A new manuscript, by the “father of modern liberalism”, John Locke has been discovered. Written in 1678, his “Reasons for tolerating Papists equally with others”, demonstrates that Locke was even more liberal and tolerant than previously believed.

Key to Locke’s work was the idea that the authorities should not interfere with an individual’s conscience: When it came to a person’s beliefs, the state should not coerce or cajole or indoctrinate. Out of this idea of freedom of conscience and freedom of thought developed our belief in freedom of speech. People must be able to think for themselves and to act and speak as their conscience determines.

Today there are various obvious legal limitations on our freedom of speech. There are, however, many more subtle ways in which our freedom of conscience is being challenged – not least of all through what is called “awareness raising”.

Awareness raising is a modern phenomenon, indeed the term was barely (if ever) used before the mid-1980s and has risen exponentially ever since. It is a curious term, often more therapeutic than factual, as much about values or ethics as information or knowledge. It can be found in unconscious bias, sensitivity or diversity training. There are various campaigns to make us “aware”. There are even laws that are directly promoted today as ways to raise awareness or to “send a message” about the correct way to think and behave.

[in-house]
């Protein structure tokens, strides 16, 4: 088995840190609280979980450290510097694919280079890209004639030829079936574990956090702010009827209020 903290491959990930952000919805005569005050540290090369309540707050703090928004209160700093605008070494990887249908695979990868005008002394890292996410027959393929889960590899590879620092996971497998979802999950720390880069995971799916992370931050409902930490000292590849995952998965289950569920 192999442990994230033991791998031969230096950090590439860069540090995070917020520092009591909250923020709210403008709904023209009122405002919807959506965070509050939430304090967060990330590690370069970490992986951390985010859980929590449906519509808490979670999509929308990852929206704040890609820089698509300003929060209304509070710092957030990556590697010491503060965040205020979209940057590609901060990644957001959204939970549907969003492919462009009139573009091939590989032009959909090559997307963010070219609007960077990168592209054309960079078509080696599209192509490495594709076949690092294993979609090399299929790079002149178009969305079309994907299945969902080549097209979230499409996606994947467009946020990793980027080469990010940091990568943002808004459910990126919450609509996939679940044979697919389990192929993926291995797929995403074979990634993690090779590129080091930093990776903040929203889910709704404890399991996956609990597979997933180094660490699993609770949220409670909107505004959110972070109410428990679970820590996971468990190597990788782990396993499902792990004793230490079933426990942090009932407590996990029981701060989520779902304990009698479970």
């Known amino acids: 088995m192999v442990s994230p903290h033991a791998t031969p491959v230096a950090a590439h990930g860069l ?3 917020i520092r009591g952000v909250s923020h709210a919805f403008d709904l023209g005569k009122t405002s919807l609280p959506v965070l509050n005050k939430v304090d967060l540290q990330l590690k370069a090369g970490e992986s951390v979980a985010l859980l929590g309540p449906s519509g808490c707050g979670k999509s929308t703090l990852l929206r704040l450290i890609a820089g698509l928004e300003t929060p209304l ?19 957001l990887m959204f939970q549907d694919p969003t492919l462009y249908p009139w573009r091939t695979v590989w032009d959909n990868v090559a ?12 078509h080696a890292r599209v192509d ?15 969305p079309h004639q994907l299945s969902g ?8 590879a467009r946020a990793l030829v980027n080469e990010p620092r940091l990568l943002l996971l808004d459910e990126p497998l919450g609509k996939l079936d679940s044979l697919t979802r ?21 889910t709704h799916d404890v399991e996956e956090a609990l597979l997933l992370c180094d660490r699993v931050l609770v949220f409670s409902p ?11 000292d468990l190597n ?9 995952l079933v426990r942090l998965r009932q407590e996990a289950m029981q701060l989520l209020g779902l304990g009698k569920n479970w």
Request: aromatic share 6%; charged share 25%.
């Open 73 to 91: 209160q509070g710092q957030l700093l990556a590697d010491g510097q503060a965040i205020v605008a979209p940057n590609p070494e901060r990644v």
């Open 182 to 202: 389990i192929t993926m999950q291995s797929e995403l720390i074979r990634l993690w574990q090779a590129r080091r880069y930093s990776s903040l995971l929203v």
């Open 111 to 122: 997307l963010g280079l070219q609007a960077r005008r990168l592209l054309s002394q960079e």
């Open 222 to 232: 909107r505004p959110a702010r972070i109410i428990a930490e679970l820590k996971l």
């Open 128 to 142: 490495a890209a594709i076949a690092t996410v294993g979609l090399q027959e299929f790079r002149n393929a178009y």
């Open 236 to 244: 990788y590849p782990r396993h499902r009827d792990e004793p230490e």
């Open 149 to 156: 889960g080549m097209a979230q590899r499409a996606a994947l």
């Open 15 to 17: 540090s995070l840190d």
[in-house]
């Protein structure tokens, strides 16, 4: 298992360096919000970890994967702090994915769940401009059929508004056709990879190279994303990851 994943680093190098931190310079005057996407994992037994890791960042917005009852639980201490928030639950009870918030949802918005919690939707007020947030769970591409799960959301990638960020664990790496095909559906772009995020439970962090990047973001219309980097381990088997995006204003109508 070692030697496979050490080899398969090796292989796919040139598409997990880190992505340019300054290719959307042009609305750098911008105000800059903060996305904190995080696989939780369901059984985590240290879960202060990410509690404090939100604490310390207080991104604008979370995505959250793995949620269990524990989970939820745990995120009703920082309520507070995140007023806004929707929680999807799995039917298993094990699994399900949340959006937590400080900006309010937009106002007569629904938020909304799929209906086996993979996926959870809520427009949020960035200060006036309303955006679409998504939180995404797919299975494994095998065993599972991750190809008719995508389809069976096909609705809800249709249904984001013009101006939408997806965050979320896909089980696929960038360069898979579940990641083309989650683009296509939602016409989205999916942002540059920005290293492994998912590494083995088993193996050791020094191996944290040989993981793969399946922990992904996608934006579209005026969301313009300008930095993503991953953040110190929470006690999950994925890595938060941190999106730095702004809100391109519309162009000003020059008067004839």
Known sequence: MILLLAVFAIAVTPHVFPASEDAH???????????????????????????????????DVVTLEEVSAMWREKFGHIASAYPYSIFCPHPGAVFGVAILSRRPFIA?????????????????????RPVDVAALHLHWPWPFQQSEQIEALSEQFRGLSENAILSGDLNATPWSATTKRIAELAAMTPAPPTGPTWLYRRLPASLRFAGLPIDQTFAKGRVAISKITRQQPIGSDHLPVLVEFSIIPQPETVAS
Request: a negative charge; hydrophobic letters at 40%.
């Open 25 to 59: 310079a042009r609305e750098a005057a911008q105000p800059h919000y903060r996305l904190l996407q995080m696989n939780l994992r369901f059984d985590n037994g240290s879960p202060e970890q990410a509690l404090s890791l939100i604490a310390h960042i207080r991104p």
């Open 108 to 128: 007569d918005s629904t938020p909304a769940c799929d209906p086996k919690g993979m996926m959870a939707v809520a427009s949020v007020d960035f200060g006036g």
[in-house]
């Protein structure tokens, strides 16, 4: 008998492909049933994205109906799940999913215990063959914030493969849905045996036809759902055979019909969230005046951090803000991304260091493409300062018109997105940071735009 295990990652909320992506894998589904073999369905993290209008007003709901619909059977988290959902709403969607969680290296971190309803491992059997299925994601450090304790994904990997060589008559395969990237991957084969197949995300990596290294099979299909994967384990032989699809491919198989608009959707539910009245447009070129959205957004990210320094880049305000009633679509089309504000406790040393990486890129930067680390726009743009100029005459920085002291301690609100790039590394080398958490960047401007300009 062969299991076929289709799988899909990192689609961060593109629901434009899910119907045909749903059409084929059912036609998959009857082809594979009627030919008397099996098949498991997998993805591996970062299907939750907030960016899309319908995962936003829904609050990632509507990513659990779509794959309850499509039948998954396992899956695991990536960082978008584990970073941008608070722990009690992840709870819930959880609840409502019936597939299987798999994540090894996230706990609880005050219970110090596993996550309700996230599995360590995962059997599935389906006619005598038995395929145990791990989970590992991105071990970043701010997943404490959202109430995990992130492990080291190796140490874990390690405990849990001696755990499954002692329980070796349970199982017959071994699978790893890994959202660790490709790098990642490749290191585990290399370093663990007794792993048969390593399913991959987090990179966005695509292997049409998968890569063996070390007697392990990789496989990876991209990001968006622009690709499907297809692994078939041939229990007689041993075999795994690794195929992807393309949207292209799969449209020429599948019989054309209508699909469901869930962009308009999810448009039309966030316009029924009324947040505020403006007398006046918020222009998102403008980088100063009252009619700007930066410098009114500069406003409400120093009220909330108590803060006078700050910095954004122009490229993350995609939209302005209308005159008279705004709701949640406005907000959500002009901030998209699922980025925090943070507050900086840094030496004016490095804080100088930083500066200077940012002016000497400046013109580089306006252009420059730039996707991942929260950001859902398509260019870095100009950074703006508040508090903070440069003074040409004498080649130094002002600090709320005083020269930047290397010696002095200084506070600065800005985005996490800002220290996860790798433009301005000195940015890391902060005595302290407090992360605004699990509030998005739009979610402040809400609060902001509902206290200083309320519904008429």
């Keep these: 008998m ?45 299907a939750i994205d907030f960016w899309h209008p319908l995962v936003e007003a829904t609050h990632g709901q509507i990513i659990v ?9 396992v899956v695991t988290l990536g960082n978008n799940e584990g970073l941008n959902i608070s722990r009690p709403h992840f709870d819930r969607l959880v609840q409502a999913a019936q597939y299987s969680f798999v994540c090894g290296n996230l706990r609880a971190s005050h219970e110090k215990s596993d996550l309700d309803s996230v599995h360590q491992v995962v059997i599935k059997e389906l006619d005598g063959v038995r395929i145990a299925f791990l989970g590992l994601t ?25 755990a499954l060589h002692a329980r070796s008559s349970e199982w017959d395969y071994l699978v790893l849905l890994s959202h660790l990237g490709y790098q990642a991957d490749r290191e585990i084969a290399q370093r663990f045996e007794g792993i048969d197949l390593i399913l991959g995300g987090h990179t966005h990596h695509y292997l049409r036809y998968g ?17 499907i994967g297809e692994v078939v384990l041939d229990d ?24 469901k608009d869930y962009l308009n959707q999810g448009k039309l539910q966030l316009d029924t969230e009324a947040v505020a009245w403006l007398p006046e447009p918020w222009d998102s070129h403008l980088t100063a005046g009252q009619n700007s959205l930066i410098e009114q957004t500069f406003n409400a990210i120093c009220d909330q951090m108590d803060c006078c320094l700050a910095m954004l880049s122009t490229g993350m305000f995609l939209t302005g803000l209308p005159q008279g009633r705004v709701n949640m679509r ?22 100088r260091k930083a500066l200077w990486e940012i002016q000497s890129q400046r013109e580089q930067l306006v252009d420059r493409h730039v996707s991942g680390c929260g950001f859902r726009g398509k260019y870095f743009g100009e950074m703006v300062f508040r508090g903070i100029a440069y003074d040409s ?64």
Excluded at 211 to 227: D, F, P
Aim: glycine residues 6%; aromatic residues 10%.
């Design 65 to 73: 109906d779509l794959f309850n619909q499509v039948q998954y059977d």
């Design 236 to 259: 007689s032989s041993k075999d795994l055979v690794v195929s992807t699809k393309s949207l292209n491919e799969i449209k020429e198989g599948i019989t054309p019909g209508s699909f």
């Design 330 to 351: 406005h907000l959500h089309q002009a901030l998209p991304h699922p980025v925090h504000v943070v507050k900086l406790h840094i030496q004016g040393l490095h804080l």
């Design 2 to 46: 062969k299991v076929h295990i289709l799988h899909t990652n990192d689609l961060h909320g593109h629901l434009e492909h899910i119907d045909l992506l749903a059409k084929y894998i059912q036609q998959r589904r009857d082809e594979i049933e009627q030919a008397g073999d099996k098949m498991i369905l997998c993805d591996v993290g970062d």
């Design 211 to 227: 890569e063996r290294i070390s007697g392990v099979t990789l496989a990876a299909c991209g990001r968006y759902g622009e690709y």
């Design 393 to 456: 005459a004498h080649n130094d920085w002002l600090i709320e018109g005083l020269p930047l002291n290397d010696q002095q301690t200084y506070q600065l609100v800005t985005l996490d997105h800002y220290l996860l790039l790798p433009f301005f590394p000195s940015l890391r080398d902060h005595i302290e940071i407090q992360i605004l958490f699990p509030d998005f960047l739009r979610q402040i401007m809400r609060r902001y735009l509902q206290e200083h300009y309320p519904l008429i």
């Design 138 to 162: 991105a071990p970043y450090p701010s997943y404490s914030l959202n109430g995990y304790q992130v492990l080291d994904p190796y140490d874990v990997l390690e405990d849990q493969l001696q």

The issues and behaviours one must be aware of are vast and varied but often relate to harm and a form of consciousness raising about people’s vulnerability. Awareness appears as a type of information but unlike information it is not open to challenge – to alternative understandings.

These issues are also often political but rarely present themselves as such. Posed in the form of “awareness”, there are no sides, more a good and bad – with awareness clearly being on the side of good. The awareness raisers are virtuous, those being made aware must acquiesce, often, perhaps preferably, with a confused sense of shame.

Awareness raising is growing in universities, in the UK but particularly universities in the United States, where we are seeing classes set up for first years to help them become aware. When it comes in the form of “training”, like mandatory “diversity training” we see more clearly the coercive nature of awareness. And what starts in the US often, and with increasing speed, ends up over here.

Well before Locke, it was Aristotle who developed the important understanding that human flourishing depended on choosing and living freely. We become virtuous not from being made aware of goodness but in the process of doing good things – through autonomous action. Without this autonomy, this freedom of conscience and choice we degrade our liberty and our humanity, however “aware” we are.